Published July 02, 2013
| Digital Trends
Apple is preparing to build a 137-acre solar farm beside its new data center in Reno, Nevada, as it continues in its quest to one day power all of its facilities – including all of its corporate premises worldwide – with renewable energy.
The solar farm, news of which was confirmed to GigaOM on Monday, will see Apple join forces with Nevada utility NV Energy and solar solutions company SunPower.
While Apple and SunPower are already building solar farms in Maiden, North Carolina, the Reno site will see new technology used involving mirrors capable of concentrating the sun’s rays by up to seven times, thereby greatly increasing the amount of generated power.
“All of Apple’s data centers use 100 percent renewable energy, and we are on track to meet that goal in our new Reno data center using the latest in high-efficiency concentrating solar panels,” Apple said in a statement, adding, “This project will not only supply renewable energy for our data center but also provide clean energy to the local power grid.”
When the construction of the facility is finished, the solar farm will generate in the region of 43.5 million kilowatt hours of clean energy. Apple describes that as “equivalent to taking 6,400 passenger vehicles off the road per year.”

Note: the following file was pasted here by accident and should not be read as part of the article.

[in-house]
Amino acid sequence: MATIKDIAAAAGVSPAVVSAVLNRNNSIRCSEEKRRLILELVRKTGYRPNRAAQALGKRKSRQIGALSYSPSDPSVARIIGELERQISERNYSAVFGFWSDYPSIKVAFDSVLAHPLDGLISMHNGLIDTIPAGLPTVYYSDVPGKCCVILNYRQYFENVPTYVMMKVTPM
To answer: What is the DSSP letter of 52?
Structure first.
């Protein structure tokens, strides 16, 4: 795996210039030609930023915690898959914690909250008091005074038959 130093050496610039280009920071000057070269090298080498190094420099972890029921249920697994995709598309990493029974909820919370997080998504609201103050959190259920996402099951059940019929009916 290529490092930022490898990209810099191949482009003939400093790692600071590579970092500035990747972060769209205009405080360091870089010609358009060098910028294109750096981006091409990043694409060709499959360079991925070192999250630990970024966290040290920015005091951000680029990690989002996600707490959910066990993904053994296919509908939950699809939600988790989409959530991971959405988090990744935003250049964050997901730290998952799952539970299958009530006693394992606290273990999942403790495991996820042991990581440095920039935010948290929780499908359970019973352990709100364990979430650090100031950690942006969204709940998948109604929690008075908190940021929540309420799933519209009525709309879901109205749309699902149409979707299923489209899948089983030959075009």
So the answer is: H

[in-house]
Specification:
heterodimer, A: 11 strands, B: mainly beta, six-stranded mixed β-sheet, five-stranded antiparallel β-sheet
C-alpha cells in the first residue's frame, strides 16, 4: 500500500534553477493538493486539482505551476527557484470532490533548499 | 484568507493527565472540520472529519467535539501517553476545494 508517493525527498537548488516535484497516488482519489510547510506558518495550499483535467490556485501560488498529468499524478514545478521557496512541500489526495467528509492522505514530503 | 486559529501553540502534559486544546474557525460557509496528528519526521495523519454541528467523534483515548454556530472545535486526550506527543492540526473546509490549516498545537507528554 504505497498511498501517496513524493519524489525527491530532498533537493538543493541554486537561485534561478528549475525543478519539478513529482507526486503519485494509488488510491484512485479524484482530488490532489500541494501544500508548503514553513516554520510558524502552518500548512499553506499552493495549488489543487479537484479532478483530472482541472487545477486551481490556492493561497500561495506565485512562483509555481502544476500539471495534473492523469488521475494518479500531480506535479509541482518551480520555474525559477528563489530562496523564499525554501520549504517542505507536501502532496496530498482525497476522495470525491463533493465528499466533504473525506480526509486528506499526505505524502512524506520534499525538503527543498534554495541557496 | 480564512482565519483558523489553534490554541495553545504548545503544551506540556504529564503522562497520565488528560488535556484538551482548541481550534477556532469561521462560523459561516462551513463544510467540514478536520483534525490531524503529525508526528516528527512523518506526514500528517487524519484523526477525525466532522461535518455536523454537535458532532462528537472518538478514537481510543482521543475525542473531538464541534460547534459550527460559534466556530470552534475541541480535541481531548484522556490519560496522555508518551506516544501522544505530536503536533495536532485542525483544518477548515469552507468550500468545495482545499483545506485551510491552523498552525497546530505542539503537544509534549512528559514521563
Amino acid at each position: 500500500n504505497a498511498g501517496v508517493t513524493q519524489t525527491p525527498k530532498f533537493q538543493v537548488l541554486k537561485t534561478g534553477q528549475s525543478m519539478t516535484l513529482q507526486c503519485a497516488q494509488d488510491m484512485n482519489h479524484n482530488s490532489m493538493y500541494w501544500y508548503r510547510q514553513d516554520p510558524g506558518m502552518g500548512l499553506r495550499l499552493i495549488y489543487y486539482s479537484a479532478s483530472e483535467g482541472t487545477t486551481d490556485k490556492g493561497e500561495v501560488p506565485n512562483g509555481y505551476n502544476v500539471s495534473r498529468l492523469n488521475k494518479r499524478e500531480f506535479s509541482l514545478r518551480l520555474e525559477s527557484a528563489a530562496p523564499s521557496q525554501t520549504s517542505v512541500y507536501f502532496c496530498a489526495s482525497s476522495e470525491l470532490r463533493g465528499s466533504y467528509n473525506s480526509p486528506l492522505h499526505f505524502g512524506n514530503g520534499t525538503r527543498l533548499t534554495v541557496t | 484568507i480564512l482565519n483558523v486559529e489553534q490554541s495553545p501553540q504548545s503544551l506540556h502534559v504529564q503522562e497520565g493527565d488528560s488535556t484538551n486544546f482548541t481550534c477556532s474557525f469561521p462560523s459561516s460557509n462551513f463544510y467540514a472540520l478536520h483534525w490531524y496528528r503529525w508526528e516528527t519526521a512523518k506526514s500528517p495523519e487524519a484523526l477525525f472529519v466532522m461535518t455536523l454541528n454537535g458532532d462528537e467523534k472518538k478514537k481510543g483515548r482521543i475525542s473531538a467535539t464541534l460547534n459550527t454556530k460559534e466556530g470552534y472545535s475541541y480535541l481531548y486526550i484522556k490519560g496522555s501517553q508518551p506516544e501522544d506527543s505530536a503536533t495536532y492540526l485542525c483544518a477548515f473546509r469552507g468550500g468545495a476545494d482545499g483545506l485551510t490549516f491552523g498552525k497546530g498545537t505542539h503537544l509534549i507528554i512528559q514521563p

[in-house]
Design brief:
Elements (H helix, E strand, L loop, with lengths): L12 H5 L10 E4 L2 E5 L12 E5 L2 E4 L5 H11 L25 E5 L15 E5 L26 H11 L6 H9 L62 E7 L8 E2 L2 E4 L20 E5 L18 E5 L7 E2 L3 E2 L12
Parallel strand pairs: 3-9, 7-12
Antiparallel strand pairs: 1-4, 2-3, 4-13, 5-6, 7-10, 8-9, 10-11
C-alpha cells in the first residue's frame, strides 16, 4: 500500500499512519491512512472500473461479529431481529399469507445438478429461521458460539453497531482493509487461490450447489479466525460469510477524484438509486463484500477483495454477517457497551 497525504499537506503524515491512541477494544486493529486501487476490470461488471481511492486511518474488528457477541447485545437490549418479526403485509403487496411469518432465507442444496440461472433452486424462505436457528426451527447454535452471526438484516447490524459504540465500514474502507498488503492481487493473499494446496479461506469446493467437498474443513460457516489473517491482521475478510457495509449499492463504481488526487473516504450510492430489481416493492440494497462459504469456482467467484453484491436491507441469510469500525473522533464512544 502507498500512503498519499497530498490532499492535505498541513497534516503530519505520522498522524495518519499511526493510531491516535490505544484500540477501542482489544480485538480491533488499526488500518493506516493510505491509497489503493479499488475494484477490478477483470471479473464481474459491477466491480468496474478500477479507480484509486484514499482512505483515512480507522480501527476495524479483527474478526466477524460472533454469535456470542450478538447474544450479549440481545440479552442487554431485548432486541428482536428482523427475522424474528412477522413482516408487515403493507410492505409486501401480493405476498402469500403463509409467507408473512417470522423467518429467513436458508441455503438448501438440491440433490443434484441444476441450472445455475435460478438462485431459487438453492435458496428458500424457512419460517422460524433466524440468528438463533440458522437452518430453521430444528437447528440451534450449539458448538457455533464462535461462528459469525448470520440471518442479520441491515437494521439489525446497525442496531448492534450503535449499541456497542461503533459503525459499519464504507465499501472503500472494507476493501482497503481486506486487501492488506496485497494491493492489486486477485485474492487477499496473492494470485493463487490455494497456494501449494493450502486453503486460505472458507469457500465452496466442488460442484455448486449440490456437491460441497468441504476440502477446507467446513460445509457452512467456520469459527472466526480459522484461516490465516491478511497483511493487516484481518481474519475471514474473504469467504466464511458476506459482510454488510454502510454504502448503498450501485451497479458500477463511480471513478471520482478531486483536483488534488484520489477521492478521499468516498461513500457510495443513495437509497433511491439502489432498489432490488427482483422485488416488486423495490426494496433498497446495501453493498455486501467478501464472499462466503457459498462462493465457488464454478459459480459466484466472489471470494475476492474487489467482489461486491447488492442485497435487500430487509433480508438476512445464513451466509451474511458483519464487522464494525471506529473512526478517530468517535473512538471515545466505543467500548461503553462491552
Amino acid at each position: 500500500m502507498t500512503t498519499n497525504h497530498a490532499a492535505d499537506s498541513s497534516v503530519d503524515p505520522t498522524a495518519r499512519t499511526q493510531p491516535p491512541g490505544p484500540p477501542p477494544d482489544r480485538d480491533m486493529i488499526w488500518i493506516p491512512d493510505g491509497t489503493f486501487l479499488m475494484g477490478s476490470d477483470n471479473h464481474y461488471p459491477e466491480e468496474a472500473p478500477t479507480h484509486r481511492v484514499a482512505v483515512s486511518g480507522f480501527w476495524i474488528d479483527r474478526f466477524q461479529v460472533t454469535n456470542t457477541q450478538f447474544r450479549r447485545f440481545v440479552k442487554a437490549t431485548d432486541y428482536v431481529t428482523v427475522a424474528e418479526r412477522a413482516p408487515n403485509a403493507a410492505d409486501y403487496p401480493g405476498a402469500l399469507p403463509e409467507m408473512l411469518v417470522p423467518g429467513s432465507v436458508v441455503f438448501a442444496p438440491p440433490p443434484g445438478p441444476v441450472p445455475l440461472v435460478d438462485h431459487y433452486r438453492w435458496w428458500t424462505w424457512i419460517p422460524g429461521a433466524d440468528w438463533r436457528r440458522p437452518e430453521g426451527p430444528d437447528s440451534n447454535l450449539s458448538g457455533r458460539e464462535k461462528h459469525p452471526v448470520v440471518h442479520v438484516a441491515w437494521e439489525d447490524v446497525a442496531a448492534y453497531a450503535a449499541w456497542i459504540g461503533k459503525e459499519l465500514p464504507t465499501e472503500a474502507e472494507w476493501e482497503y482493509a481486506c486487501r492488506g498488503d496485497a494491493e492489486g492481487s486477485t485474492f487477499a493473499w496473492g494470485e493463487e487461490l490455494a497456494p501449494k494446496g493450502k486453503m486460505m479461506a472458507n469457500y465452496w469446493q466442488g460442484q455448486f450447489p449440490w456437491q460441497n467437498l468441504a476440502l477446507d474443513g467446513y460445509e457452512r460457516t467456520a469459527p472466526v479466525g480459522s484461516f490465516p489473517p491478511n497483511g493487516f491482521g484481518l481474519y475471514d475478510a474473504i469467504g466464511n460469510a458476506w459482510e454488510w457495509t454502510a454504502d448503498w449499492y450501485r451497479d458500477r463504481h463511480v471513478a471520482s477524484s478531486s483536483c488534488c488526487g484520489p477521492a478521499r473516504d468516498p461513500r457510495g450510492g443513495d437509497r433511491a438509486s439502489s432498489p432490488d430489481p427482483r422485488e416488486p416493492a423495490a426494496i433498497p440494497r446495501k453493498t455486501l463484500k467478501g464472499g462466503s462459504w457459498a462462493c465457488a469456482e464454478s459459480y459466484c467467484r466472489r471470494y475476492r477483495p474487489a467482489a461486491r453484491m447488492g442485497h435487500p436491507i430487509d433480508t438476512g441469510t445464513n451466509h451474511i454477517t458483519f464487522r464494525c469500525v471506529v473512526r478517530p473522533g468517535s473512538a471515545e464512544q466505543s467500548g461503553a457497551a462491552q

Should it wish to do so, the tech giant also has permission to expand the solar farm in the future.
With tech and Web giants such as Apple, Google, Facebook and Amazon requiring huge data centers to store and manage vast amounts of information as well as operate a growing number of cloud services, such businesses have come under intense scrutiny in recent years from environmental groups such as Greenpeace, who’ve been pressuring the companies to look carefully at how they power their facilities.
In 2009 Greenpeace launched its Cool IT campaign to encourage the world’s biggest IT companies to support progressive climate policies and use more renewable energy.
Apple, for its part, says that in recent years it’s cut down significantly on the environmental impact of its facilities as it continues to invest in renewable energy.